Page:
0        0       0       0           70   ARAP-Password [Note 1]
0        0       0       0           75   Password-Retry
1+       1+      1+      1+          79   EAP-Message [Note 1]
1        1       1       1           80   Message-Authenticator [Note 1]
0-1      0       0       0           94   Originating-Line-Info [Note 3]
0        0       0-1     0-1        101   Error-Cause [Note 2]
Request  Accept  Reject  Challenge   #    Attribute

   [Note 1] An Access-Request that contains either a User-Password or
   CHAP-Password or ARAP-Password or one or more EAP-Message attributes
   MUST NOT contain more than one type of those four attributes.  If it
   does not contain any of those four attributes, it SHOULD contain a
   Message-Authenticator.  If any packet type contains an EAP-Message
   attribute it MUST also contain a Message-Authenticator.  A RADIUS
   server receiving an Access-Request not containing any of those four
   attributes and also not containing a Message-Authenticator attribute
   SHOULD silently discard it.




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   [Note 2] The Error-Cause attribute is defined in [RFC3576].

   [Note 3] The Originating-Line-Info attribute is defined in [NASREQ].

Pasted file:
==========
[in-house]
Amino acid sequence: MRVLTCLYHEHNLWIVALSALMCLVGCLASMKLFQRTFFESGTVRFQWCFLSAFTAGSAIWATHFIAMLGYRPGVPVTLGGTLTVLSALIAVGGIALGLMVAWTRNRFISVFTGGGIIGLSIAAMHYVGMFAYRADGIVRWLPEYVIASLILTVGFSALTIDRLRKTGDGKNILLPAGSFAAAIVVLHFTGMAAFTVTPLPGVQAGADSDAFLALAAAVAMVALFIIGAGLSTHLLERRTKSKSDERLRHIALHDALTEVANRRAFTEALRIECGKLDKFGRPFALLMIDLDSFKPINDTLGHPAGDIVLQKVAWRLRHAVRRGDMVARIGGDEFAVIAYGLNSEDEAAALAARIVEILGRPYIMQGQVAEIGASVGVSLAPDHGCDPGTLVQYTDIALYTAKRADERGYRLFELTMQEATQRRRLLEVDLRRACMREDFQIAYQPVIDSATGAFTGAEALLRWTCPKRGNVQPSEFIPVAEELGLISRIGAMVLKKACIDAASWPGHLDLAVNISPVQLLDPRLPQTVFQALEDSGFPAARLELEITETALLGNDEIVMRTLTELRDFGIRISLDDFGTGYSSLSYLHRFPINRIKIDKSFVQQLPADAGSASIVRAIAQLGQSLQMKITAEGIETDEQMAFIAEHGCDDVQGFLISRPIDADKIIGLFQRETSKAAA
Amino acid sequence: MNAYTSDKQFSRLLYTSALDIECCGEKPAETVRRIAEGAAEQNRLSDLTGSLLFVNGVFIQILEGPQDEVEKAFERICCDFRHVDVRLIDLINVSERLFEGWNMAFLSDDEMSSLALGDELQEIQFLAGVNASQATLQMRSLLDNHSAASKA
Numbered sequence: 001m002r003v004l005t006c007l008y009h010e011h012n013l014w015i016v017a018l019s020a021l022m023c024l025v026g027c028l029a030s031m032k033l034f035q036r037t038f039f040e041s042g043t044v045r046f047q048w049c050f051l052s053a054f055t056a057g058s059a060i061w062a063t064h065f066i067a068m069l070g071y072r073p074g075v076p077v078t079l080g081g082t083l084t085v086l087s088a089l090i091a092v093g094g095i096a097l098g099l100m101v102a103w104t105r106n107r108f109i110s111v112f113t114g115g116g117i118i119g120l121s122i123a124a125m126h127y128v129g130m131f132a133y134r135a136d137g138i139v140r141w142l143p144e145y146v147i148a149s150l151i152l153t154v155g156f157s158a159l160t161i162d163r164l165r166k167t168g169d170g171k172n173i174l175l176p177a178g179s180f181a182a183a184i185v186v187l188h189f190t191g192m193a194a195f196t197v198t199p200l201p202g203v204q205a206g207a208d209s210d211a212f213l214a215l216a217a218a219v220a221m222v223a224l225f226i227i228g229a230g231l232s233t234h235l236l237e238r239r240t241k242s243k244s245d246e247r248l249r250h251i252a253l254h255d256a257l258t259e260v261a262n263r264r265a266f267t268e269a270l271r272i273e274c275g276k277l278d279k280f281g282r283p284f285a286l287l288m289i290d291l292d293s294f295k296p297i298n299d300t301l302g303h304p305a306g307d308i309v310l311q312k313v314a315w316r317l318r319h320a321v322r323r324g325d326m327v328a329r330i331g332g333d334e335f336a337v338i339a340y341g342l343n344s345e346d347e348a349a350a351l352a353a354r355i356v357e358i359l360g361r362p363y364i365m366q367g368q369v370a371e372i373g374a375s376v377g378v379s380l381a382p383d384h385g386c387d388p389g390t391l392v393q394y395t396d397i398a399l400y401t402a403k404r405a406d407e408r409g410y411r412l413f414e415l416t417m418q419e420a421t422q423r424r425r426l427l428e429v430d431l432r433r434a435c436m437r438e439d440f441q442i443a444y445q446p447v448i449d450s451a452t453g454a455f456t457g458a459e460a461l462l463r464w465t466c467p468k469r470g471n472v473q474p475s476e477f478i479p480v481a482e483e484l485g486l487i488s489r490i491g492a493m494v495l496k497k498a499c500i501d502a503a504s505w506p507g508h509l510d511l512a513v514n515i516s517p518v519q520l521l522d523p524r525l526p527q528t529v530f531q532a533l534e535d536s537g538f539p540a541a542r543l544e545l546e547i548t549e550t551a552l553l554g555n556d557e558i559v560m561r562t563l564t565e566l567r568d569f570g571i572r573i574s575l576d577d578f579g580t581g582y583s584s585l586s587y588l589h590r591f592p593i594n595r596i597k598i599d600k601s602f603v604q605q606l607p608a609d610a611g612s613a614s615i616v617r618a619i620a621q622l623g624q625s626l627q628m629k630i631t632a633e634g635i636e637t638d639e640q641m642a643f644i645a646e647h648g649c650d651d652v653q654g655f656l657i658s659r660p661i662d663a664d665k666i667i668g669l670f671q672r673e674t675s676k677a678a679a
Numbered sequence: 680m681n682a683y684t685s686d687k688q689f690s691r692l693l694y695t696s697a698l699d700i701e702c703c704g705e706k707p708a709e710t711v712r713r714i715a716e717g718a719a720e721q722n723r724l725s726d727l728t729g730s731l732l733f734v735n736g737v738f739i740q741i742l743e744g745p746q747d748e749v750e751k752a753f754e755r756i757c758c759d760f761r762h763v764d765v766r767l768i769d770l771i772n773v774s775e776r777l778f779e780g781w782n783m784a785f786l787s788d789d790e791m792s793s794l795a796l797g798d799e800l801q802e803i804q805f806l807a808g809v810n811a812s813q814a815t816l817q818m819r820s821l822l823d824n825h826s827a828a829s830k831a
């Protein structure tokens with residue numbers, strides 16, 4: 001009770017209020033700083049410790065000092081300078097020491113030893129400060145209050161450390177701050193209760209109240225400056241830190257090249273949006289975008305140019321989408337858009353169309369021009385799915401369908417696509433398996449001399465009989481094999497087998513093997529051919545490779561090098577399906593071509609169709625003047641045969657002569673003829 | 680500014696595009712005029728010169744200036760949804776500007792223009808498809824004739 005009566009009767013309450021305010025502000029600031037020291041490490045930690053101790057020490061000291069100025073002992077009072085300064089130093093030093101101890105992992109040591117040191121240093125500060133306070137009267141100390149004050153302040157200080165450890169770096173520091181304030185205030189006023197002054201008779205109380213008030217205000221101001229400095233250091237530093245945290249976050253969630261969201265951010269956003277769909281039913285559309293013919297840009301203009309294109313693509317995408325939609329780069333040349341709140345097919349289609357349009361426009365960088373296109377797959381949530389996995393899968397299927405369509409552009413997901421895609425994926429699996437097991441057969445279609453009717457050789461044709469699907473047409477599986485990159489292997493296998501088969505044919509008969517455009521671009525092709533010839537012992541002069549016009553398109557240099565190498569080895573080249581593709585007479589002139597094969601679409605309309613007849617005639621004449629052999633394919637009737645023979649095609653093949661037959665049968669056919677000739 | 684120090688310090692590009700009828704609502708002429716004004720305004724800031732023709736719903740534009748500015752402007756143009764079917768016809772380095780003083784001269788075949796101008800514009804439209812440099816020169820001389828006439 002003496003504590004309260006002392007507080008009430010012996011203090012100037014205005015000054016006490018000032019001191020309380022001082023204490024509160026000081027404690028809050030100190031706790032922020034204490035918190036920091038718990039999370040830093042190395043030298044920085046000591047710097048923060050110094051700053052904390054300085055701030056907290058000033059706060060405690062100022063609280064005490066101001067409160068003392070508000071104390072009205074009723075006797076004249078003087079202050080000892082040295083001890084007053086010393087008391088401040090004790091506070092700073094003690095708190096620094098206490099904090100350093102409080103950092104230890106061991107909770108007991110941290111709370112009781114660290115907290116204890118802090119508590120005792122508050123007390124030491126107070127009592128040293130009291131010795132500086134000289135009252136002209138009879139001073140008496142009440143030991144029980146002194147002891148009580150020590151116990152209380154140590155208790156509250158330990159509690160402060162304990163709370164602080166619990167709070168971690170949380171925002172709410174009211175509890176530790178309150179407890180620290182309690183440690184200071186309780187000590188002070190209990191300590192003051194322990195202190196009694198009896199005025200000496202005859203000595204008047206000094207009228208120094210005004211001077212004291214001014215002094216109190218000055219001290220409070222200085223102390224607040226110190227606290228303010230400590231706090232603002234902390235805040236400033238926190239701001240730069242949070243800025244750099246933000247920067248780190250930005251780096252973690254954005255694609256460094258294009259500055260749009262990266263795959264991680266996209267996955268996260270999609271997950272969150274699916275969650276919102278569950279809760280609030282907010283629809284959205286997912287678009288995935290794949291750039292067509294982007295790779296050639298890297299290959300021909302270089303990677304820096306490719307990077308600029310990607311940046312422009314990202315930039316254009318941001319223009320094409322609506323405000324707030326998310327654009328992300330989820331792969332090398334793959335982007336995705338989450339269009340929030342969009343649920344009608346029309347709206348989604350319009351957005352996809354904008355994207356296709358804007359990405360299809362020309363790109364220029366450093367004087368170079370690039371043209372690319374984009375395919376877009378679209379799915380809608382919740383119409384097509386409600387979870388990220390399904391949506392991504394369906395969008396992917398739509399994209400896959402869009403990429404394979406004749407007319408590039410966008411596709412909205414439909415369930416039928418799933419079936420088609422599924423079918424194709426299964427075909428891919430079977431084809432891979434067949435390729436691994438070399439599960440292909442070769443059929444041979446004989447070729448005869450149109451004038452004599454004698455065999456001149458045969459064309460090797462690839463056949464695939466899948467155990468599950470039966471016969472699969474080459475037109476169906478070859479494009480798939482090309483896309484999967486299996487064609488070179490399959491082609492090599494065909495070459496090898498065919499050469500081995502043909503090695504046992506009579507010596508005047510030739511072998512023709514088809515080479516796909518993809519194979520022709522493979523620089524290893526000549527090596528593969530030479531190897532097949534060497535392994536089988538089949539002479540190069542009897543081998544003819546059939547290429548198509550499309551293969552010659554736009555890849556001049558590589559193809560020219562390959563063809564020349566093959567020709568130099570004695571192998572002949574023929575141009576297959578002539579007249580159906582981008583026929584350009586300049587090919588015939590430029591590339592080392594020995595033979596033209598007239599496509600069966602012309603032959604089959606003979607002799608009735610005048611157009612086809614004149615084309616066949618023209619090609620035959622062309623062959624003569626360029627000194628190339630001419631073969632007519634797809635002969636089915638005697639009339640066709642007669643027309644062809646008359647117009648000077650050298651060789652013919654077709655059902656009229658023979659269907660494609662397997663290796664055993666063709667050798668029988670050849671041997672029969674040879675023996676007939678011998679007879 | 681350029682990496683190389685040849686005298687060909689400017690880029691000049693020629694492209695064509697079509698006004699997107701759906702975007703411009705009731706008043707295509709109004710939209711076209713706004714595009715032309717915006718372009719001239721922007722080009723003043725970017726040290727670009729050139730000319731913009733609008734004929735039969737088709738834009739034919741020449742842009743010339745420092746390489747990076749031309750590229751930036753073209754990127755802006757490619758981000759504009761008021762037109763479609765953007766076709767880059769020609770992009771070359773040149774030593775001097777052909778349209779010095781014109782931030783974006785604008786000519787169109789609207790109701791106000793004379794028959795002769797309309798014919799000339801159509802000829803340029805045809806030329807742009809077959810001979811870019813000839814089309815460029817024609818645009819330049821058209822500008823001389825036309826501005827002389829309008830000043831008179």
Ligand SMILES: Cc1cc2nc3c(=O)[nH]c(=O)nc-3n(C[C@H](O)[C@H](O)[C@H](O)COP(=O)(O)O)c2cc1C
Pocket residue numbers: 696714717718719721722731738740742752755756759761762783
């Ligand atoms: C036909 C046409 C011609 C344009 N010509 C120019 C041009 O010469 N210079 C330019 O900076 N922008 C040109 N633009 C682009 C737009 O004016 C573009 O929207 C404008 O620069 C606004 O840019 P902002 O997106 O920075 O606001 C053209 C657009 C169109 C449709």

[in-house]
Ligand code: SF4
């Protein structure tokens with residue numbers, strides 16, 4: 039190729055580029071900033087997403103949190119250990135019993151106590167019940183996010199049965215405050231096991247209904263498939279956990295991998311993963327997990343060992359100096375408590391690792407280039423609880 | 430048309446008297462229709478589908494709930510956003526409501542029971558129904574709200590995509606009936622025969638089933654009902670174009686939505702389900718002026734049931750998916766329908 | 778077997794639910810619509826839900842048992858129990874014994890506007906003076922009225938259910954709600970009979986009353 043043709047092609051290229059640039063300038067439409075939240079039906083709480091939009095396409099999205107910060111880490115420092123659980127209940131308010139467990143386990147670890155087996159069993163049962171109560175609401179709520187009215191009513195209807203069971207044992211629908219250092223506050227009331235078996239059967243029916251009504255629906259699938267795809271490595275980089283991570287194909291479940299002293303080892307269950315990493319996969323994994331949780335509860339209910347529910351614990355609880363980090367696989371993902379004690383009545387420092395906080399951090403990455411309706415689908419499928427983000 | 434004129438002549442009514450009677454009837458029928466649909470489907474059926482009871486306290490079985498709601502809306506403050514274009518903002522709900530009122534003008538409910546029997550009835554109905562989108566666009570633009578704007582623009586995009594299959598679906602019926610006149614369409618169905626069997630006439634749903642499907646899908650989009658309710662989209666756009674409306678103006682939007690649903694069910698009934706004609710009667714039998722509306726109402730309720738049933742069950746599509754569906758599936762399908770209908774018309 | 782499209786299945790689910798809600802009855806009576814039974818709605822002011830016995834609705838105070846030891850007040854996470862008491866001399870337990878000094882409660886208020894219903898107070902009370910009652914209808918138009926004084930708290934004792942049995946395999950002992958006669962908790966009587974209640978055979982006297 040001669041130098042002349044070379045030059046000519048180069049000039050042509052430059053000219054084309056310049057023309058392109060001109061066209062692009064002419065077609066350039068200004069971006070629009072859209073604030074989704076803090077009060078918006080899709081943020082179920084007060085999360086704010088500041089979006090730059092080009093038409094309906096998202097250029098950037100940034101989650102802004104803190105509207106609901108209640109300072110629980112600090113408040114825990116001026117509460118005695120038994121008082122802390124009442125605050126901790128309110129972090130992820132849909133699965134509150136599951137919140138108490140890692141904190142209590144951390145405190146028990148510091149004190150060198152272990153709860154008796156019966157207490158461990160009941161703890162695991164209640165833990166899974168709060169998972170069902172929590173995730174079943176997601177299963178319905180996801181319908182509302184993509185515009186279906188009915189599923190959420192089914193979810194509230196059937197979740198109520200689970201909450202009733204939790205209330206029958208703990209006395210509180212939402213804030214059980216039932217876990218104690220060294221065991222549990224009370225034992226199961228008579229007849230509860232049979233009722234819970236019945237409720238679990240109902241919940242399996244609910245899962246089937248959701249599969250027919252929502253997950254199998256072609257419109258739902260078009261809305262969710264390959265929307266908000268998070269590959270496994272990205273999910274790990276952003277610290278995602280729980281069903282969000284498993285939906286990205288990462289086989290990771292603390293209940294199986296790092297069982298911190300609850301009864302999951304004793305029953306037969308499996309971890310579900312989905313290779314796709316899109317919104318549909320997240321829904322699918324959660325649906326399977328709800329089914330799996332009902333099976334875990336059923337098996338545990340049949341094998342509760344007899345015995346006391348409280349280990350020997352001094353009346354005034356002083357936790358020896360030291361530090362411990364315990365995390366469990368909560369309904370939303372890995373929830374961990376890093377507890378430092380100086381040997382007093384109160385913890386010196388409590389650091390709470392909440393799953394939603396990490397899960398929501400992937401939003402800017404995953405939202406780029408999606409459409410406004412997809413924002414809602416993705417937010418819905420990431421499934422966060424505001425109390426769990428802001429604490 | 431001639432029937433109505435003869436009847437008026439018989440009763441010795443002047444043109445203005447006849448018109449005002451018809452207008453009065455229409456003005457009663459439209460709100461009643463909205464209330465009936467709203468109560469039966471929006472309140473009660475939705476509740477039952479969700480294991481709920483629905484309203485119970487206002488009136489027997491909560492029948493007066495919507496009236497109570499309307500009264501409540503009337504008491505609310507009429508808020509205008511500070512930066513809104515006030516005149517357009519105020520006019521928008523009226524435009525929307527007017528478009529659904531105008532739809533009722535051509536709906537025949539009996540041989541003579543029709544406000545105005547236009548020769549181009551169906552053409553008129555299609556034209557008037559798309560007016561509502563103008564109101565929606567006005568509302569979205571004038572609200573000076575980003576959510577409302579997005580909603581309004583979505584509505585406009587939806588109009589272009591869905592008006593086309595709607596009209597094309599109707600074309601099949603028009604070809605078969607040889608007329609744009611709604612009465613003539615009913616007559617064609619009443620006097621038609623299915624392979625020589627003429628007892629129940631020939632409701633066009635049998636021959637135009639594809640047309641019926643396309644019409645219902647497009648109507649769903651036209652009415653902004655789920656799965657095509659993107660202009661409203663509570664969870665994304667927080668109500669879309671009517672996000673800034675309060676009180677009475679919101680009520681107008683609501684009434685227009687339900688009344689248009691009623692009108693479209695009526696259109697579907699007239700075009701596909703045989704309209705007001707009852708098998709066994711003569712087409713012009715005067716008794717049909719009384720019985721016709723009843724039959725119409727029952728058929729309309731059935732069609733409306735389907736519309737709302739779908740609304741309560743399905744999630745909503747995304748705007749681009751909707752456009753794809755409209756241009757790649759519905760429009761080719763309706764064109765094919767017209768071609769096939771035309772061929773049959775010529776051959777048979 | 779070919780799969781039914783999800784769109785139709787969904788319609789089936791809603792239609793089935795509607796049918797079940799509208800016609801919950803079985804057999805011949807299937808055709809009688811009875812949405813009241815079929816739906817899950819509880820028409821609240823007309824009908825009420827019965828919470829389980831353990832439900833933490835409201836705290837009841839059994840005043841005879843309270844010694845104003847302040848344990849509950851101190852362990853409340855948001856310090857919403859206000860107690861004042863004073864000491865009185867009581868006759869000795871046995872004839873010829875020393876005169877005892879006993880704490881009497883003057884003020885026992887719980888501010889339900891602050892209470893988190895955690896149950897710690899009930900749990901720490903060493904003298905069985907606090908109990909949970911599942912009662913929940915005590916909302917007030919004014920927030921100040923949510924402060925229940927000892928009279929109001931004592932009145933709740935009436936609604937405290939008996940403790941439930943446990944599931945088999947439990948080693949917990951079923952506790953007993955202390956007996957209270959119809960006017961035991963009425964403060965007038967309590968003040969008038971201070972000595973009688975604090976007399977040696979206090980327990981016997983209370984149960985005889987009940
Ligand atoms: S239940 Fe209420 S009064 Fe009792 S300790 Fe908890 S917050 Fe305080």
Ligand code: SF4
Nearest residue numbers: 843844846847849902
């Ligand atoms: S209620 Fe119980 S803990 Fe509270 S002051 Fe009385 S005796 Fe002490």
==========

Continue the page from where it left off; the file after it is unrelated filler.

The following table defines the meaning of the above table entries.

   0     This attribute MUST NOT be present.
   0+    Zero or more instances of this attribute MAY be present.
   0-1   Zero or one instance of this attribute MAY be present.
   1     Exactly one instance of this attribute MUST be present.
   1+    One or more of these attributes MUST be present.

4.  Security Considerations

4.1.  Security Requirements

   RADIUS/EAP is used in order to provide authentication and
   authorization for network access.  As a result, both the RADIUS and
   EAP portions of the conversation are potential targets of an attack.
   Threats are discussed in [RFC2607], [RFC2865], and [RFC3162].
   Examples include:

   [1]  An adversary may attempt to acquire confidential data and
        identities by snooping RADIUS packets.

   [2]  An adversary may attempt to modify packets containing RADIUS